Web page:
ICHEC and NewsWhip study predicts how viral a story will be in its first hour

3 Jul 2014

A study by a research team at the Irish Centre for High End Computing (ICHEC) and new media start-up NewsWhip has found that 70pc of viral stories can be accurately identified within their first hour of publication.

The “social velocity” of news stories were measured by a metric developed by NewsWhip.

The research was conducted to test the effectiveness of the early signals used in NewsWhip’s Spike platform to identify big emerging stories.

NewsWhip’s Spike platform is used by news companies big and small, including Bloomberg, BBC and BuzzFeed. 

ICHEC collected scores for over 123,022 stories, analysing the data performance to track the impact of each story over time, using Spike’s 24 hour scoring as the benchmark. 

The ICHEC researchers divided stories into big successes, middling successes, and failures, based on how far stories spread over 24 hours, using NewsWhip’s tracking data.

The findings show that stories that attract significant levels of sharing within the first hour of publication are likely to end up achieving a high level of “virality” over 24 hours, and the level of early sharing is predictive of how far they will go.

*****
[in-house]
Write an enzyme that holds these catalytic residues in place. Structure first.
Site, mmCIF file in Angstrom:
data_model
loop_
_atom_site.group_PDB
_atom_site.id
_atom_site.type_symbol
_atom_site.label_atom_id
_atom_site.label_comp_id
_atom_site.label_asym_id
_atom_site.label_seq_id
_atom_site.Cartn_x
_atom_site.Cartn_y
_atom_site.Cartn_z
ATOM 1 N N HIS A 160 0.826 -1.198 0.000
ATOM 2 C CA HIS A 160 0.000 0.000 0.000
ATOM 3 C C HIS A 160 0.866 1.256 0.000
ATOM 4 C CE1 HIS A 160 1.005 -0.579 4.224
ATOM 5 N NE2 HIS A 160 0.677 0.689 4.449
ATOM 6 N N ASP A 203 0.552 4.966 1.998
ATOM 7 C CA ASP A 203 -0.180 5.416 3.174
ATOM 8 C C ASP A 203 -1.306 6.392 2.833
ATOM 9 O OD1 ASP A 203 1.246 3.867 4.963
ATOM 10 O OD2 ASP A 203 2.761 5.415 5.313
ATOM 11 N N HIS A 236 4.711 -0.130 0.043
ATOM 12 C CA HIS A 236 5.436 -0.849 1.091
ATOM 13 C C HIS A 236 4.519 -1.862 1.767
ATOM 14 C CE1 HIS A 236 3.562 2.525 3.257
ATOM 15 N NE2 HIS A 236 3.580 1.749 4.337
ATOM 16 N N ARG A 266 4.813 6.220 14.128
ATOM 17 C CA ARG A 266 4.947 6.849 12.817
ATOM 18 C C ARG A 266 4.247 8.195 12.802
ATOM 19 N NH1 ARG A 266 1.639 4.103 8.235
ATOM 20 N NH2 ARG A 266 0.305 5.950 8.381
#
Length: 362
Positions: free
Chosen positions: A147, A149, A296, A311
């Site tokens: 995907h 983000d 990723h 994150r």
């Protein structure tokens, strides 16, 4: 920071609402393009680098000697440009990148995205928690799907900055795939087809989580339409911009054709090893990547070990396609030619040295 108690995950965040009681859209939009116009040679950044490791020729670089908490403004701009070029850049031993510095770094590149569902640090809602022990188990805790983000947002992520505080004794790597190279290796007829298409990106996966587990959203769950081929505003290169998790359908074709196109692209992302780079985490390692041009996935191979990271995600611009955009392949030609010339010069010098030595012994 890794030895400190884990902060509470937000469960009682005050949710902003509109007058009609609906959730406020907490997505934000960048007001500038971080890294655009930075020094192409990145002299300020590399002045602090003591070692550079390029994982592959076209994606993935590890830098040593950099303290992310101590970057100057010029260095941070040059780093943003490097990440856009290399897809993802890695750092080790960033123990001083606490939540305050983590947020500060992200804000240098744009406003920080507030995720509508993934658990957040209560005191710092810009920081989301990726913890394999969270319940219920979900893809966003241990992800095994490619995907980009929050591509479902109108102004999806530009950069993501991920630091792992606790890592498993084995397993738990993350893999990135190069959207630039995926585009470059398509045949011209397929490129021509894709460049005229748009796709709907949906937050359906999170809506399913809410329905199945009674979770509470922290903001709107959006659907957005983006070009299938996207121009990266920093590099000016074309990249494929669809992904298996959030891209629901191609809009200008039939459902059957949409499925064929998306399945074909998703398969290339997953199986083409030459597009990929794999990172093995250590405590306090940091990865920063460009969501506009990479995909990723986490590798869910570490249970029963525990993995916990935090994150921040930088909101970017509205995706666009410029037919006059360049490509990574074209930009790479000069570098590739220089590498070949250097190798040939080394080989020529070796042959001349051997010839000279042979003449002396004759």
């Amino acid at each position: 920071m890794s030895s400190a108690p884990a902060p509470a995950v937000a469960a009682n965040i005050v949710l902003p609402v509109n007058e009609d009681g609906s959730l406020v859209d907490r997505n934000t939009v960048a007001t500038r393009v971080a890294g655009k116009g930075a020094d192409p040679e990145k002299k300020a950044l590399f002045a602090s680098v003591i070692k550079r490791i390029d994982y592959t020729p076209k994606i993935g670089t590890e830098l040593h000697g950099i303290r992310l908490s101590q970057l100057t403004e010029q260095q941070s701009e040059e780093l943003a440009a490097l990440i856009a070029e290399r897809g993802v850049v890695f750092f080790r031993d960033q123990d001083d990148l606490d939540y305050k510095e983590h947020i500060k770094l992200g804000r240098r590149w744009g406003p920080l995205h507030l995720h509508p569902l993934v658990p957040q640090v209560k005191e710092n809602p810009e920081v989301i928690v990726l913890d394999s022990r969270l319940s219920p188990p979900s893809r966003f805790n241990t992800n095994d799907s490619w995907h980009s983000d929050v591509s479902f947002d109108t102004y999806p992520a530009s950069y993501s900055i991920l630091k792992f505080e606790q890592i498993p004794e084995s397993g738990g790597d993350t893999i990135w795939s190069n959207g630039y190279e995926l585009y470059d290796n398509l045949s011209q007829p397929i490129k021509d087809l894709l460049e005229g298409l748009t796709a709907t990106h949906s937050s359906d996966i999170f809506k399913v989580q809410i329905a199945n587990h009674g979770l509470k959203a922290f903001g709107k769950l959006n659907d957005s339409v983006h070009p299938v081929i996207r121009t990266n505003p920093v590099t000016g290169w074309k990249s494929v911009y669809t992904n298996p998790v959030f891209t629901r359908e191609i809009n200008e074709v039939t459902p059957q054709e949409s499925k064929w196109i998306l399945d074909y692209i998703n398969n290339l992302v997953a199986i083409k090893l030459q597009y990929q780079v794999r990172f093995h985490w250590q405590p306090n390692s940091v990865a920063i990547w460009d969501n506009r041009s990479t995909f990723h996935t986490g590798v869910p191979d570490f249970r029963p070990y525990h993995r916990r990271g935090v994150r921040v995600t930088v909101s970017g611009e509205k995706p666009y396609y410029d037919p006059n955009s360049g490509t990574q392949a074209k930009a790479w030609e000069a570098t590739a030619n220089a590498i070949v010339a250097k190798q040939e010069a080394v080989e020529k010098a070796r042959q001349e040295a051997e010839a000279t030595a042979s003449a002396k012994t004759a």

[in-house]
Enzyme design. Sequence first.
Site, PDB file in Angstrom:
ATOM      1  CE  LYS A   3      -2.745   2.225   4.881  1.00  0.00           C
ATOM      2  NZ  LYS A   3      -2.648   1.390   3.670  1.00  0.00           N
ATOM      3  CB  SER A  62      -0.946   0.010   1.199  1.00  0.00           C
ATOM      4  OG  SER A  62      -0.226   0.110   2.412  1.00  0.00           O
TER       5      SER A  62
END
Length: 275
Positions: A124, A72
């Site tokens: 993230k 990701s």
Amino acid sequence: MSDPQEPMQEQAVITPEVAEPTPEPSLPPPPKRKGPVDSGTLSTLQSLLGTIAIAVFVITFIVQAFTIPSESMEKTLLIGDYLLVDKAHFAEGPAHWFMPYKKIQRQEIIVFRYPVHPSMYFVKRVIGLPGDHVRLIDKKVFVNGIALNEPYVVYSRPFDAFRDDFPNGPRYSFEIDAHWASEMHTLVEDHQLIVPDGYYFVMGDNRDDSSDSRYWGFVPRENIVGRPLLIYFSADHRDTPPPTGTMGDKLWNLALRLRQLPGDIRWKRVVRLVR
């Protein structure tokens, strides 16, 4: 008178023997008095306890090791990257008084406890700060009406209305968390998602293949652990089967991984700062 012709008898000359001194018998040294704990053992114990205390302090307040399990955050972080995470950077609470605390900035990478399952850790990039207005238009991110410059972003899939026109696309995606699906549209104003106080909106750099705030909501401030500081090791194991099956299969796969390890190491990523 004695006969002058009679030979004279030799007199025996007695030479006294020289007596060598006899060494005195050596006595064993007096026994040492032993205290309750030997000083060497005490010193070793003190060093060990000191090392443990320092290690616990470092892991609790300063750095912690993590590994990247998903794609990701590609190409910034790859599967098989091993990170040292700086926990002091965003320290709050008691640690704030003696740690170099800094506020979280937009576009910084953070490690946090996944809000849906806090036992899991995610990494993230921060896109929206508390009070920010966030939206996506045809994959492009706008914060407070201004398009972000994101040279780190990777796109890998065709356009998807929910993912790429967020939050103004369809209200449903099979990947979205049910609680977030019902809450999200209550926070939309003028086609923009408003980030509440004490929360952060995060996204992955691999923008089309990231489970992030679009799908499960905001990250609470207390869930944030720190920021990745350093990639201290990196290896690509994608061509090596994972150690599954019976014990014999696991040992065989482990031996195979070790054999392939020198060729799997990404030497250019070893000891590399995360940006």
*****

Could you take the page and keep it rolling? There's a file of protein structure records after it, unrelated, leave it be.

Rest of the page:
Social velocity

“They calculated threshold ‘social velocity’ scores for each category of content,” data architect Dr Bruno Voisin explained.

“This allowed the ICHEC to determine how many of the stories that have been picked out as ‘viral stories’ in Spike 1 Hour did make it to 24 hour.”

The ICHE’s study was supported by Enterprise Ireland.

“Our active SME programme enables us to collaborate with companies from various sectors on innovative projects,” said Sufian Al Aswad, business development and industry liaison at ICHEC.

“The programme provide SMEs access to cutting edge technology and high level of expertise, in addition to the funding and business mentoring provided by Enterprise Ireland, all of which sets the desired environment for Irish companies to achieve their objectives and targets for growth.”

Social data image via Shutterstock

John Kennedy is a journalist who served as editor of Silicon Republic for 17 years